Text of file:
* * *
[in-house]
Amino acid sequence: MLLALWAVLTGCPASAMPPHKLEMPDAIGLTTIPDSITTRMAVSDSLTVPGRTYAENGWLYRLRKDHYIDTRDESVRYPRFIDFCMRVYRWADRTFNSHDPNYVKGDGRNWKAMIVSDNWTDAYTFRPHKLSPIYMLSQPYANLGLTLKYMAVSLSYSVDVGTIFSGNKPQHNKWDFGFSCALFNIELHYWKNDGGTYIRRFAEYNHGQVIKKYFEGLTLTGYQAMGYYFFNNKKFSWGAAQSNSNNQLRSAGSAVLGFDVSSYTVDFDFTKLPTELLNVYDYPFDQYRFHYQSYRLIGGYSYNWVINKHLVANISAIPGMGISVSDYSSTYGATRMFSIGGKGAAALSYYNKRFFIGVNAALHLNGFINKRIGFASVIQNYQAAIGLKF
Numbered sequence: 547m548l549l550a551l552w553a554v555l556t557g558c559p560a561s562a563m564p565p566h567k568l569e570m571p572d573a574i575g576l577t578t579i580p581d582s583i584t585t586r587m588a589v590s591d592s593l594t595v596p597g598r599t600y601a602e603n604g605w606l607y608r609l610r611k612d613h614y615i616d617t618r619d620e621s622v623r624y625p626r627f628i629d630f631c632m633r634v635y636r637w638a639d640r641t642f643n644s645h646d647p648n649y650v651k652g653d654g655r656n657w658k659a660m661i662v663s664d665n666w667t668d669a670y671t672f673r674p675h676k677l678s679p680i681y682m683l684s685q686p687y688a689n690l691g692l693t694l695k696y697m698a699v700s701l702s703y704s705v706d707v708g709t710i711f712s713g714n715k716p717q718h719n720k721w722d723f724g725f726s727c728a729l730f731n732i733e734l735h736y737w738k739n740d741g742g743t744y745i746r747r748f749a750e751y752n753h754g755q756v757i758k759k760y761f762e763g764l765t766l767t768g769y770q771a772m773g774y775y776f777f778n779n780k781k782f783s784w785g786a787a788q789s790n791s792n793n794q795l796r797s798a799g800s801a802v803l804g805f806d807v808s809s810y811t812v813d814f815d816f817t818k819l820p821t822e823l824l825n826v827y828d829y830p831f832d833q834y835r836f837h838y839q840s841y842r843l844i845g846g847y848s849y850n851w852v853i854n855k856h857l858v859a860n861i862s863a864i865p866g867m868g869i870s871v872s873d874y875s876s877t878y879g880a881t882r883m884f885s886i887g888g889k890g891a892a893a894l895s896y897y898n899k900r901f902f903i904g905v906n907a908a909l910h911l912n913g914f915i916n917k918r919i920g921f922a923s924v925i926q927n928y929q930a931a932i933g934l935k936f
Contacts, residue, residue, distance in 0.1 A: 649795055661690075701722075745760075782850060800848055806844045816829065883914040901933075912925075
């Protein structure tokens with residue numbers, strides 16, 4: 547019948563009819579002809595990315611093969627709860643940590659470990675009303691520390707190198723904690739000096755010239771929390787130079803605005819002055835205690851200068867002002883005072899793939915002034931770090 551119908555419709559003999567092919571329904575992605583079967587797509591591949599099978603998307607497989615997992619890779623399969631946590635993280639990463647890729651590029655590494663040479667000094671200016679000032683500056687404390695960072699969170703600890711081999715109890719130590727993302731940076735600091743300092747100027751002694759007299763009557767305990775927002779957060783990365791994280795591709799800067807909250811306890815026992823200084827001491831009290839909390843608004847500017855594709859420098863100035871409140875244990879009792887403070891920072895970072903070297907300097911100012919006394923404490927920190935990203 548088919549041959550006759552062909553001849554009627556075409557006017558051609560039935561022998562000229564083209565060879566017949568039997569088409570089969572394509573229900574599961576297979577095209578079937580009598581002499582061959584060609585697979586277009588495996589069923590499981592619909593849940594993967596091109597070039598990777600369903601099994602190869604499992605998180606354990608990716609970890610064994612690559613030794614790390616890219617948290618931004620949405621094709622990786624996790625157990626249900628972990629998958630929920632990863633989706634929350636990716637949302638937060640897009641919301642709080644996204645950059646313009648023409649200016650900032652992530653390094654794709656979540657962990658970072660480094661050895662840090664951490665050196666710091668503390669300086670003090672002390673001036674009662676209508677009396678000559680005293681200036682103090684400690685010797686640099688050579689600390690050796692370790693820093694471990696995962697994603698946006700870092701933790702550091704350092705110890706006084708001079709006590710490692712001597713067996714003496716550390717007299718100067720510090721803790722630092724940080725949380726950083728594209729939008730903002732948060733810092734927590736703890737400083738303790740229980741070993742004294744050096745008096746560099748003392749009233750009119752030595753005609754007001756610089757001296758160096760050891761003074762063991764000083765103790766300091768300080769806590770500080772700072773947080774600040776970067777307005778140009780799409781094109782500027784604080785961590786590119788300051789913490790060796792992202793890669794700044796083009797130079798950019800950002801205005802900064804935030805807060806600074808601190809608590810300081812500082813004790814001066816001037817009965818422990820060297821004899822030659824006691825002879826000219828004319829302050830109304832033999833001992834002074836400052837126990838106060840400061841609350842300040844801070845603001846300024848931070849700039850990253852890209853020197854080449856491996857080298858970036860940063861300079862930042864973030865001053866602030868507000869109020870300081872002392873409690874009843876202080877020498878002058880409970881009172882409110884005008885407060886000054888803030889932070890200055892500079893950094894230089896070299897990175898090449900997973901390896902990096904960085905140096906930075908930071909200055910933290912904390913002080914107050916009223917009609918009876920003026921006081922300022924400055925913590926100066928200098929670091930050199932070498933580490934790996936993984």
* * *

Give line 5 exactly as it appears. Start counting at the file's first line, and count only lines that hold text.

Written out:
């Protein structure tokens with residue numbers, strides 16, 4: 547019948563009819579002809595990315611093969627709860643940590659470990675009303691520390707190198723904690739000096755010239771929390787130079803605005819002055835205690851200068867002002883005072899793939915002034931770090 551119908555419709559003999567092919571329904575992605583079967587797509591591949599099978603998307607497989615997992619890779623399969631946590635993280639990463647890729651590029655590494663040479667000094671200016679000032683500056687404390695960072699969170703600890711081999715109890719130590727993302731940076735600091743300092747100027751002694759007299763009557767305990775927002779957060783990365791994280795591709799800067807909250811306890815026992823200084827001491831009290839909390843608004847500017855594709859420098863100035871409140875244990879009792887403070891920072895970072903070297907300097911100012919006394923404490927920190935990203 548088919549041959550006759552062909553001849554009627556075409557006017558051609560039935561022998562000229564083209565060879566017949568039997569088409570089969572394509573229900574599961576297979577095209578079937580009598581002499582061959584060609585697979586277009588495996589069923590499981592619909593849940594993967596091109597070039598990777600369903601099994602190869604499992605998180606354990608990716609970890610064994612690559613030794614790390616890219617948290618931004620949405621094709622990786624996790625157990626249900628972990629998958630929920632990863633989706634929350636990716637949302638937060640897009641919301642709080644996204645950059646313009648023409649200016650900032652992530653390094654794709656979540657962990658970072660480094661050895662840090664951490665050196666710091668503390669300086670003090672002390673001036674009662676209508677009396678000559680005293681200036682103090684400690685010797686640099688050579689600390690050796692370790693820093694471990696995962697994603698946006700870092701933790702550091704350092705110890706006084708001079709006590710490692712001597713067996714003496716550390717007299718100067720510090721803790722630092724940080725949380726950083728594209729939008730903002732948060733810092734927590736703890737400083738303790740229980741070993742004294744050096745008096746560099748003392749009233750009119752030595753005609754007001756610089757001296758160096760050891761003074762063991764000083765103790766300091768300080769806590770500080772700072773947080774600040776970067777307005778140009780799409781094109782500027784604080785961590786590119788300051789913490790060796792992202793890669794700044796083009797130079798950019800950002801205005802900064804935030805807060806600074808601190809608590810300081812500082813004790814001066816001037817009965818422990820060297821004899822030659824006691825002879826000219828004319829302050830109304832033999833001992834002074836400052837126990838106060840400061841609350842300040844801070845603001846300024848931070849700039850990253852890209853020197854080449856491996857080298858970036860940063861300079862930042864973030865001053866602030868507000869109020870300081872002392873409690874009843876202080877020498878002058880409970881009172882409110884005008885407060886000054888803030889932070890200055892500079893950094894230089896070299897990175898090449900997973901390896902990096904960085905140096906930075908930071909200055910933290912904390913002080914107050916009223917009609918009876920003026921006081922300022924400055925913590926100066928200098929670091930050199932070498933580490934790996936993984």